Lerner, Hanna. “Critical Junctures, Religion, and Personal Status Regulations in Israel and India.” Law & Social Inquiry 39.2 (2014): 387-415.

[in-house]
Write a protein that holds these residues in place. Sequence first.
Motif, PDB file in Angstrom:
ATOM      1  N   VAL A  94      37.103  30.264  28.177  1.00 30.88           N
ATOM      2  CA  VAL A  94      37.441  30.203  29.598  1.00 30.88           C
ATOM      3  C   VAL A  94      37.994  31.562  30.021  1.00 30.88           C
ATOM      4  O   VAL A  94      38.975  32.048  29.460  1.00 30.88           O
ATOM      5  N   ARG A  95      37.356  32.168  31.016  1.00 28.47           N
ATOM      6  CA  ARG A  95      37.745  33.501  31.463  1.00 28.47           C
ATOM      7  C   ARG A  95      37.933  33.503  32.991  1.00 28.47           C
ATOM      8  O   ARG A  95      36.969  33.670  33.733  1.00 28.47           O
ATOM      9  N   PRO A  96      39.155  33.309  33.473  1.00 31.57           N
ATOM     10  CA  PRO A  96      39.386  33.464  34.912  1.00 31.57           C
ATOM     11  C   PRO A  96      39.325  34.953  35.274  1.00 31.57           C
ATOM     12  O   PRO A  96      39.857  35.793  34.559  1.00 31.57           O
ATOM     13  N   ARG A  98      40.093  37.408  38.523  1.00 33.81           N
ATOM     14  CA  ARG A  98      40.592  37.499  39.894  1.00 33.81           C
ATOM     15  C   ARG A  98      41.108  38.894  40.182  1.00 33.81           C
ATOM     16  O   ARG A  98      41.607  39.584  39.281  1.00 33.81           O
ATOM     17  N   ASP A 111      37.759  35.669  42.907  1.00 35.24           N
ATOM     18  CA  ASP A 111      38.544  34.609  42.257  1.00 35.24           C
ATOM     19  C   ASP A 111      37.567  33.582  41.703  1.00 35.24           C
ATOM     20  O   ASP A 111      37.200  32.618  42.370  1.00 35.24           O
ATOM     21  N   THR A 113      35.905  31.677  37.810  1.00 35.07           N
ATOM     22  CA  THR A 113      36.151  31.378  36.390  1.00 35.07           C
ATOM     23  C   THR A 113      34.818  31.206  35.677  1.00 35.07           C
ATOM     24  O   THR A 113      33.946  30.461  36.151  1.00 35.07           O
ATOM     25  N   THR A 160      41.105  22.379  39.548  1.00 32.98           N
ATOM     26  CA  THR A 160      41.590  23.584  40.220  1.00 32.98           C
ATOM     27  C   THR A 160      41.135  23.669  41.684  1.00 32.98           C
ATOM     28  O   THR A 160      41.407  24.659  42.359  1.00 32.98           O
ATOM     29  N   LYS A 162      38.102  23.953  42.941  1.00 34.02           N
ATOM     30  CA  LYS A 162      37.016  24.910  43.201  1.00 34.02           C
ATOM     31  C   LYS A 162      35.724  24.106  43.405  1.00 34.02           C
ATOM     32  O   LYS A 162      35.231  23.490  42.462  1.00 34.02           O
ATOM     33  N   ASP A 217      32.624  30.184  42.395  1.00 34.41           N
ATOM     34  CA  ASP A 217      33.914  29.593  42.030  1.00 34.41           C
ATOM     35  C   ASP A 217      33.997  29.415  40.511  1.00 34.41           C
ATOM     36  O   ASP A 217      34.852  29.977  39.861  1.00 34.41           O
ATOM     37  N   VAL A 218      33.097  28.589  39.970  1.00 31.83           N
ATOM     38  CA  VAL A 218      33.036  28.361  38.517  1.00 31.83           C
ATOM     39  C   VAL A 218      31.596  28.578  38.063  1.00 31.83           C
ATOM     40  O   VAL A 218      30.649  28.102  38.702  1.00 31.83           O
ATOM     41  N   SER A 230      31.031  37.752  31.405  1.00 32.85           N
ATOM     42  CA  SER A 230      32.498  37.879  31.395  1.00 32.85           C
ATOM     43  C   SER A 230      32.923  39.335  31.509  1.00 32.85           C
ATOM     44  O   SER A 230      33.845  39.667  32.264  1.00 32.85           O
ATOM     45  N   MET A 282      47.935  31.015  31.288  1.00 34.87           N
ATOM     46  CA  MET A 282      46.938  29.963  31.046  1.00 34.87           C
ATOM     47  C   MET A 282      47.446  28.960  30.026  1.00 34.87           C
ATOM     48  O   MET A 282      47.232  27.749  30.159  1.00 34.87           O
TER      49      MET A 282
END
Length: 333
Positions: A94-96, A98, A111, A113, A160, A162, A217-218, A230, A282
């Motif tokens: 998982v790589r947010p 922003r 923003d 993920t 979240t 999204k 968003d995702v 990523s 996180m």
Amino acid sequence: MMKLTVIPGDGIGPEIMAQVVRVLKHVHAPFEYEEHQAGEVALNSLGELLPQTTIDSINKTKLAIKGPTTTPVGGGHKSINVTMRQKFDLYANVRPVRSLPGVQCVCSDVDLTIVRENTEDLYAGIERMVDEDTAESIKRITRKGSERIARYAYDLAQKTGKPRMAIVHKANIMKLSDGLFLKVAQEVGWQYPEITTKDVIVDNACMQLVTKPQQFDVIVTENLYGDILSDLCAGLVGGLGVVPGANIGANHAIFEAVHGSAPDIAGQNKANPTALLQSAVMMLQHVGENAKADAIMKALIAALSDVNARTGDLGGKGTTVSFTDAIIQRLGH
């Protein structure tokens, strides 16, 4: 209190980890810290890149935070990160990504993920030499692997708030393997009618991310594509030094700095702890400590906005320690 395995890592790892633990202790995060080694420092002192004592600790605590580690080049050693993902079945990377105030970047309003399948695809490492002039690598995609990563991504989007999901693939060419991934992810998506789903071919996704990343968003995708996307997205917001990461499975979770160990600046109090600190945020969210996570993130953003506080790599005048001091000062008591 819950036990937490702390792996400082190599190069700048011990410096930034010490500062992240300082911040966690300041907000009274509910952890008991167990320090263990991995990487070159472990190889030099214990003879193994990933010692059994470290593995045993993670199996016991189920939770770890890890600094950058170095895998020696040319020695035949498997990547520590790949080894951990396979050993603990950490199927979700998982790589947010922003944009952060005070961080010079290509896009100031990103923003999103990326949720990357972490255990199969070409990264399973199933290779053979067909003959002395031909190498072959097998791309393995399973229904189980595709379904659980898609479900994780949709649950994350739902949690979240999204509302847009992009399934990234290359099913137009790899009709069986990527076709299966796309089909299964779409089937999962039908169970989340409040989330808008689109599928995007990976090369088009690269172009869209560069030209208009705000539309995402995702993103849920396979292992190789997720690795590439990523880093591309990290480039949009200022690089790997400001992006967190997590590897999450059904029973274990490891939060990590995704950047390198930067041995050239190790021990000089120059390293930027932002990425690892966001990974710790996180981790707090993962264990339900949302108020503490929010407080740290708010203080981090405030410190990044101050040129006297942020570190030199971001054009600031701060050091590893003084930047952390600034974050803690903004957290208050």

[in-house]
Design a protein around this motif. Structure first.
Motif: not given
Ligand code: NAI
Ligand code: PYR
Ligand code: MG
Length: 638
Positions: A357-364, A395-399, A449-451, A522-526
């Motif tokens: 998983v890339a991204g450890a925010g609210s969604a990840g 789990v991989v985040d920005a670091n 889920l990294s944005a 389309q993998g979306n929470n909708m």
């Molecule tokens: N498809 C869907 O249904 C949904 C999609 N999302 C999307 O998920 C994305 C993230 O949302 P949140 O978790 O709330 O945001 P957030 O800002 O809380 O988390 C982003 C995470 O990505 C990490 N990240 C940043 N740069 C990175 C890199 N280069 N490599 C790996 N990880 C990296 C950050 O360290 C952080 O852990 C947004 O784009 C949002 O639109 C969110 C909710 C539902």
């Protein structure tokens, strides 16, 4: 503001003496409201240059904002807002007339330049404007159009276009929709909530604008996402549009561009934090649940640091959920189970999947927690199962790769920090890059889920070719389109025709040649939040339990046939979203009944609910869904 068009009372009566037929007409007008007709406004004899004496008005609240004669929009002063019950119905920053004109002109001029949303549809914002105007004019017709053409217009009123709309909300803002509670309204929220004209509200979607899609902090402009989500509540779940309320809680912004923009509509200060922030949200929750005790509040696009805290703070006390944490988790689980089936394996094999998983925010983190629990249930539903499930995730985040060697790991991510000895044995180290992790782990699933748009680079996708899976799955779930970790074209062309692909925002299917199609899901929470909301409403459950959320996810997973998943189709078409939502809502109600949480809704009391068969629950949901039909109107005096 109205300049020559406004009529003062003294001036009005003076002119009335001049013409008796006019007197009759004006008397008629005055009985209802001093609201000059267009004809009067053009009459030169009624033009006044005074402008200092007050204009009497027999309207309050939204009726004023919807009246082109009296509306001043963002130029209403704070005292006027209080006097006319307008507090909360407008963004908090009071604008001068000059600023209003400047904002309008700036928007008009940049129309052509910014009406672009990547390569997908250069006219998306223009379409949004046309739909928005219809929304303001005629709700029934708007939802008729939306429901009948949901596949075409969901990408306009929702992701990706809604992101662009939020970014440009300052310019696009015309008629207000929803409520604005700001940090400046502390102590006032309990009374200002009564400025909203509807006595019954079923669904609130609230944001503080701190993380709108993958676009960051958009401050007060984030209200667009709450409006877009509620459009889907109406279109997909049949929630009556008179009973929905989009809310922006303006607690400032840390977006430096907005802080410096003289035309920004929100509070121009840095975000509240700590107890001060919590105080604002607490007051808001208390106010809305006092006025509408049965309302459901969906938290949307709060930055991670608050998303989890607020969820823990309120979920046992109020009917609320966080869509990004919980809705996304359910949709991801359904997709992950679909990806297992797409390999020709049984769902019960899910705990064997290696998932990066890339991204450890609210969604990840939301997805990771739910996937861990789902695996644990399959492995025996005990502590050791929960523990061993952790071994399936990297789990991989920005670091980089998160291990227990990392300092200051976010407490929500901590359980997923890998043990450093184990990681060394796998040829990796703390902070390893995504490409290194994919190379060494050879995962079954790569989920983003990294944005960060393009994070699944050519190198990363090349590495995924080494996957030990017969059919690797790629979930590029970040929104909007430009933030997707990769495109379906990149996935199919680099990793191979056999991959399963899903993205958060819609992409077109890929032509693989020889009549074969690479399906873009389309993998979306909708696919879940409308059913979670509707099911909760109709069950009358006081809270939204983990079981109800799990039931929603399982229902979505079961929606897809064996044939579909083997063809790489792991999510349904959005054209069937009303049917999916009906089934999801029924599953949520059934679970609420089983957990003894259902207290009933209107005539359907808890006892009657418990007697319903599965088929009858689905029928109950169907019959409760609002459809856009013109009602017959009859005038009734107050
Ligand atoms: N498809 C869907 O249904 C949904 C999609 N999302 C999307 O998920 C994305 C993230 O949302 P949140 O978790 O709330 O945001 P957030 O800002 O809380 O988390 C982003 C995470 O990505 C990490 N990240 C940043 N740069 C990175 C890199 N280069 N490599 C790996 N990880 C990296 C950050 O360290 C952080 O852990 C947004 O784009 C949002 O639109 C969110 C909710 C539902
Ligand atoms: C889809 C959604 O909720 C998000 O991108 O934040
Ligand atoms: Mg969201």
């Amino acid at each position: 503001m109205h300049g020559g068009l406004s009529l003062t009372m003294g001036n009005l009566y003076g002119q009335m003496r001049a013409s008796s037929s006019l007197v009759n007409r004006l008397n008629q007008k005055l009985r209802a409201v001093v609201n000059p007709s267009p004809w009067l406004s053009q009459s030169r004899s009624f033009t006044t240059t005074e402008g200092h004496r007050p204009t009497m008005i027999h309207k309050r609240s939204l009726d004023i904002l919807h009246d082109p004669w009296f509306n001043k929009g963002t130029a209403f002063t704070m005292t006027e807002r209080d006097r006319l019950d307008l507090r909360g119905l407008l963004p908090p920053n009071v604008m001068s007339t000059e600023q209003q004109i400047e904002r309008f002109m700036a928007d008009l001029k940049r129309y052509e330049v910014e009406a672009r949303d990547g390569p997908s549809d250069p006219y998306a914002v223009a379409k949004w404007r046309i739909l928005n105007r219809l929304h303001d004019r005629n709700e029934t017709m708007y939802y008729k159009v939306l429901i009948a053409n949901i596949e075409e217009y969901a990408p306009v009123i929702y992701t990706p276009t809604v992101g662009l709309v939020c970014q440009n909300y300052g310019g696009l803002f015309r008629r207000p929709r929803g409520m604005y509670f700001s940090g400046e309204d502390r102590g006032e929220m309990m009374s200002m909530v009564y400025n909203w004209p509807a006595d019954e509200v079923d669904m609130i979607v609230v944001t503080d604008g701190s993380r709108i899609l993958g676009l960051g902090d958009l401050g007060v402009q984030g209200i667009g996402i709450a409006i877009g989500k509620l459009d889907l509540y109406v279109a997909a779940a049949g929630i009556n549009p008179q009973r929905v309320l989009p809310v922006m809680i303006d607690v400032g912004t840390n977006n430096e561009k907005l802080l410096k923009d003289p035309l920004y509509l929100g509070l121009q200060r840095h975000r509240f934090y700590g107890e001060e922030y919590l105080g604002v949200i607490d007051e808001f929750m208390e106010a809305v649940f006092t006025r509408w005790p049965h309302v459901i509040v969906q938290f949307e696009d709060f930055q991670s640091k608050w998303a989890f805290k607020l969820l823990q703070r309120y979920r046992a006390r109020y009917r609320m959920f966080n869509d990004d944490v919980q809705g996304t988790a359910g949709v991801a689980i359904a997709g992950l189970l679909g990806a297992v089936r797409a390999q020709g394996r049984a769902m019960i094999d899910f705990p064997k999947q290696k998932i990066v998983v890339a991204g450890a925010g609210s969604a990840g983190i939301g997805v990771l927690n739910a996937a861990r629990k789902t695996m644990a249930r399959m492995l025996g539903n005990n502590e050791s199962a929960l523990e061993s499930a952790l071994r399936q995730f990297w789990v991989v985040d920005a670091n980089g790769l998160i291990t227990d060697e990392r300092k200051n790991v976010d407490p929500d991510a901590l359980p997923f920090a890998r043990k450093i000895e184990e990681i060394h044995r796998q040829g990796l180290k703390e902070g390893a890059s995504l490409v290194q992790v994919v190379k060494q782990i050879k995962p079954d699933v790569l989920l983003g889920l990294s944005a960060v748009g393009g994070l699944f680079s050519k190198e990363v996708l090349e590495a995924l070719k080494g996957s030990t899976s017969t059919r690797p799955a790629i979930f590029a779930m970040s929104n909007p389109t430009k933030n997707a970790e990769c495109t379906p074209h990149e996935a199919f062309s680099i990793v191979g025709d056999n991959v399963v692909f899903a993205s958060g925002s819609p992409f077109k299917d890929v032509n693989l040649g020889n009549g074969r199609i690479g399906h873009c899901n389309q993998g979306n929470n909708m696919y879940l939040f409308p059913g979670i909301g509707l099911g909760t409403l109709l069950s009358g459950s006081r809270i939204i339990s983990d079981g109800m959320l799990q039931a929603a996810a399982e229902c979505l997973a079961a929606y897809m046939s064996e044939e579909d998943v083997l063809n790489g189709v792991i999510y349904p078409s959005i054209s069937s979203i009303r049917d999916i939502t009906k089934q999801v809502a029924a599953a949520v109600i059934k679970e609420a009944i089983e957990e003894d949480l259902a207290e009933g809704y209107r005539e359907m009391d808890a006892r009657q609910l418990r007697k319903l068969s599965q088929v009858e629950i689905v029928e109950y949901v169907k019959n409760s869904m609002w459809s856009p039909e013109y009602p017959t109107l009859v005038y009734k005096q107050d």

The article aims at advancing our understanding of critical junctures in the evolution of religious/secular regulations, referring to those moments in history when one particular arrangement is adopted among several alternatives, establishing an institutional trajectory that is resistant to change in the following years. It traces the regulation of personal status laws in Israel and India, which, despite attempts by political leaders at time of independence to defer clear choices regarding the role of religious law, became generally entrenched in later decades. Based on the Israeli and Indian cases, and in contrast with common approaches, the article demonstrates how decisions made by influential political actors during the foundational stage of the state appear difficult to reform, regardless of the content of these decisions—whether they introduce a radical change or maintain existing practices—or the level of decision making—whether constitutional or ordinary parliamentary legislation.